Thursday, July 19, 2007

Education Heads-Up!

Papa Rooster sent me a link to this intriguing article on a new business book called Mind-set: The New Psychology of Success, by a Stanford professor named Carol Dweck. Though the article discusses success in business, there's a powerful implication here for success in education as well. Here's the meat I pulled from the full article, and I've bolded the best bit of all:

Dweck has found that individuals succeed or fail based on how they think about intelligence. She says people have one of two mind-sets on the matter.

People with a fixed mind-set believe that intelligence is static. Your behavior provides a sample of your true underlying intelligence...

The second group, Dweck says, are those with a growth mind-set. These people believe intelligence can be developed, like muscles. ...You perceive hard work as the path to mastery, not as a sign of insufficient genius.

...Now the puzzle deepens: Dweck has begun to explore whether we can intervene and change people's mind-sets, and if so, will that make them more successful? Earlier this year, Dweck and two colleagues, Kali Trzesniewsi of Stanford and Lisa S. Blackwell of Columbia, ran an experiment on junior high schoolers. If they trained the students to have a growth mind-set, would the kids' math grades improve? In less than two hours over eight weeks, they taught the students concepts such as: Your brain is like a muscle that can be developed with exercise; just as a baby gets smarter as it learns, so can you; everything is hard before it gets easy--never give up because you don't master something immediately.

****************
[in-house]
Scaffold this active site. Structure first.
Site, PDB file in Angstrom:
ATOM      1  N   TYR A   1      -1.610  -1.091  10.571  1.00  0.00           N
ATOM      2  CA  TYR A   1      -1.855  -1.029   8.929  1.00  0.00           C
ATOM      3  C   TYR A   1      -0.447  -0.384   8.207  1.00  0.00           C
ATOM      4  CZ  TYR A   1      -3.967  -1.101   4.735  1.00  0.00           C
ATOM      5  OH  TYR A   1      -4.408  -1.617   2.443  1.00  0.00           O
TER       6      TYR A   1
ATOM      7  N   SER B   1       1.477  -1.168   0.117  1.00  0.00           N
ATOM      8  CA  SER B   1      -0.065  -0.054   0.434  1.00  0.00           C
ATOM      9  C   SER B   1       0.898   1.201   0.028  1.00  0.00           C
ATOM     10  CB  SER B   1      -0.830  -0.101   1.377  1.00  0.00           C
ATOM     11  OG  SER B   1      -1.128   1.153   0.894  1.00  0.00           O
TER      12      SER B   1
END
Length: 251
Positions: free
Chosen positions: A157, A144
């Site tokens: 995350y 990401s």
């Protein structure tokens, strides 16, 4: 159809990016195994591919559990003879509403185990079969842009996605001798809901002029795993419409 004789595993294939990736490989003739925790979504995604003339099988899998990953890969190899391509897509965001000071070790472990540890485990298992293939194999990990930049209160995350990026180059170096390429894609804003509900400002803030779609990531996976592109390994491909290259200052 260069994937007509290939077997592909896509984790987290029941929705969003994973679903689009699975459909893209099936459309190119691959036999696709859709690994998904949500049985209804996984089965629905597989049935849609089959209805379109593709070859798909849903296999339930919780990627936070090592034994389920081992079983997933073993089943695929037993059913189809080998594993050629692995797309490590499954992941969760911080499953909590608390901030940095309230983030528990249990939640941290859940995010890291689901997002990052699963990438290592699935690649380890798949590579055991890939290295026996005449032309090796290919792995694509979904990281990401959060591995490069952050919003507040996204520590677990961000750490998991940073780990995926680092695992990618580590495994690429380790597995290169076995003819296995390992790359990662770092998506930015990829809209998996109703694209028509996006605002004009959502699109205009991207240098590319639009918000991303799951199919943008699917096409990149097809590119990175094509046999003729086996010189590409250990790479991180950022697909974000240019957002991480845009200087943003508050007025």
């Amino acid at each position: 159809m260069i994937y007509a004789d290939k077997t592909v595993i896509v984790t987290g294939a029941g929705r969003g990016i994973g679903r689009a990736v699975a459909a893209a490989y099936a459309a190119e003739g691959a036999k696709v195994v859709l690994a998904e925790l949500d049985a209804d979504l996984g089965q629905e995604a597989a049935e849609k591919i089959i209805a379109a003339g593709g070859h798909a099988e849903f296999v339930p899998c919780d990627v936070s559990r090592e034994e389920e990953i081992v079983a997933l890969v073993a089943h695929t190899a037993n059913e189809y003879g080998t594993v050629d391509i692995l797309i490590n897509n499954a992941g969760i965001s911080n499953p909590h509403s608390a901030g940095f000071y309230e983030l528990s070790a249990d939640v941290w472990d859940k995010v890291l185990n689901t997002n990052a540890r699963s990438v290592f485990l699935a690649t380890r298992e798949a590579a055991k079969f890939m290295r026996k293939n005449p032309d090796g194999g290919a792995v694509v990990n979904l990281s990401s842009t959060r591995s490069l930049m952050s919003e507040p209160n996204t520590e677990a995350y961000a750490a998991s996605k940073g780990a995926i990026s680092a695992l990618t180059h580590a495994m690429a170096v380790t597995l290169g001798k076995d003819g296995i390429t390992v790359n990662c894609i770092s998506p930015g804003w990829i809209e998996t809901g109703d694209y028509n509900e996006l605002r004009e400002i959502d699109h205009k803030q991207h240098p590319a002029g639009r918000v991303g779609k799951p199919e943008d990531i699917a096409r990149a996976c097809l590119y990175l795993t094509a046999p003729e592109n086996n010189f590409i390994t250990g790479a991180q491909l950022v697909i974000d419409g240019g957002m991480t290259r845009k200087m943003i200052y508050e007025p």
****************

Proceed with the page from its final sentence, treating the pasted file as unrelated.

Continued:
The results were astonishing. The brain-is-a-muscle students significantly outperformed their peers in math, many showing dramatic turnarounds, such as the student who went from a failing grade to an 84 on her next exam. Dweck's work shows that a pure idea intervention can have a substantial effect. "The brain is a muscle" is an idea that stuck.

As a homeschooling teacher, I can't wait to try out this "idea intervention" on my students this fall! Though I try to be encouraging ("Don't give up, you'll get it if you work hard"), I'm eager to use some explicit images and word-pictures to inspire this process/growth mindset. "The brain is a muscle" image is great; maybe the idea of fertilizing the soil of your brain with great ideas, with daily work in a hard subject, so that bigger and better things will grow there? Hard , boring skills drills are what make the great athletes great (the article mentions Tiger Woods as an example). I'm sure I'll think of others.

Most inspiring.


G's Cottage said...

I agree with most of this as I figured it out that I had been "conditioned" to think I was a C- person in all areas. But once God got my attention that not all advisors are wise and that I had succeeded in some areas then I started to search for how far I could go. It has been amazing.

However, the gift of talent should not be discounted either; Tiger Woods a case in point. Yes he had rigorous drilling, but he has a phenomenal gift of physical prowess to use those drill better than the average body.

Jennifer said...

In the psyc class I've taken over the last couple of years we've learned about how this applies to teens especially. Their bodies feel complete, so their brains 'feel' complete too....and for teens, not only can they continue using their brain muscle like all of us can, but their brain is still growing and developing, up until their early 20's. It used to be thought that brains were basically done myelinating at age 4 - 6, but recent science has shown that the prefrontal cortex (where decision making, planning, and executive function happens) is still myelinating into the 20's. I think a lot of self-hatred over bad decisions can be avoided if teens understood this and had some pateince with themselves.

tonia said...

Fabulous! I'll use this with my kids for sure.